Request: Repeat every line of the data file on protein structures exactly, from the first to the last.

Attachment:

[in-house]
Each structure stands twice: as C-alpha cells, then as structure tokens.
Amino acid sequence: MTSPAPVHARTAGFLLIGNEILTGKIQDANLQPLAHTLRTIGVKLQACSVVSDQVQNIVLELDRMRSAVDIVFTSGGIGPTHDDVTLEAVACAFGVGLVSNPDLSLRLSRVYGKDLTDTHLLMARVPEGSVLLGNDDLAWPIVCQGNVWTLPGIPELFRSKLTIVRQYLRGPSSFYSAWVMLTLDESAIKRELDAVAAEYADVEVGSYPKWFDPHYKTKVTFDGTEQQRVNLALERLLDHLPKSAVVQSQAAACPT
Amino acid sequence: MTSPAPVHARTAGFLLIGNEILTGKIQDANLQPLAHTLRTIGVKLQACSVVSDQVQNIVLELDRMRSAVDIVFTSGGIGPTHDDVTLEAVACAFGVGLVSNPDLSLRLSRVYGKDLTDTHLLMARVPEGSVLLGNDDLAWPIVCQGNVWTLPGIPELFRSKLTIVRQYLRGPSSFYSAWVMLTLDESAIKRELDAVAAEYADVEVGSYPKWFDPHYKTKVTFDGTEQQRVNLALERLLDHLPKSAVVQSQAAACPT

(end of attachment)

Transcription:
[in-house]
Each structure stands twice: as C-alpha cells, then as structure tokens.
Amino acid sequence: MTSPAPVHARTAGFLLIGNEILTGKIQDANLQPLAHTLRTIGVKLQACSVVSDQVQNIVLELDRMRSAVDIVFTSGGIGPTHDDVTLEAVACAFGVGLVSNPDLSLRLSRVYGKDLTDTHLLMARVPEGSVLLGNDDLAWPIVCQGNVWTLPGIPELFRSKLTIVRQYLRGPSSFYSAWVMLTLDESAIKRELDAVAAEYADVEVGSYPKWFDPHYKTKVTFDGTEQQRVNLALERLLDHLPKSAVVQSQAAACPT
Amino acid sequence: MTSPAPVHARTAGFLLIGNEILTGKIQDANLQPLAHTLRTIGVKLQACSVVSDQVQNIVLELDRMRSAVDIVFTSGGIGPTHDDVTLEAVACAFGVGLVSNPDLSLRLSRVYGKDLTDTHLLMARVPEGSVLLGNDDLAWPIVCQGNVWTLPGIPELFRSKLTIVRQYLRGPSSFYSAWVMLTLDESAIKRELDAVAAEYADVEVGSYPKWFDPHYKTKVTFDGTEQQRVNLALERLLDHLPKSAVVQSQAAACPT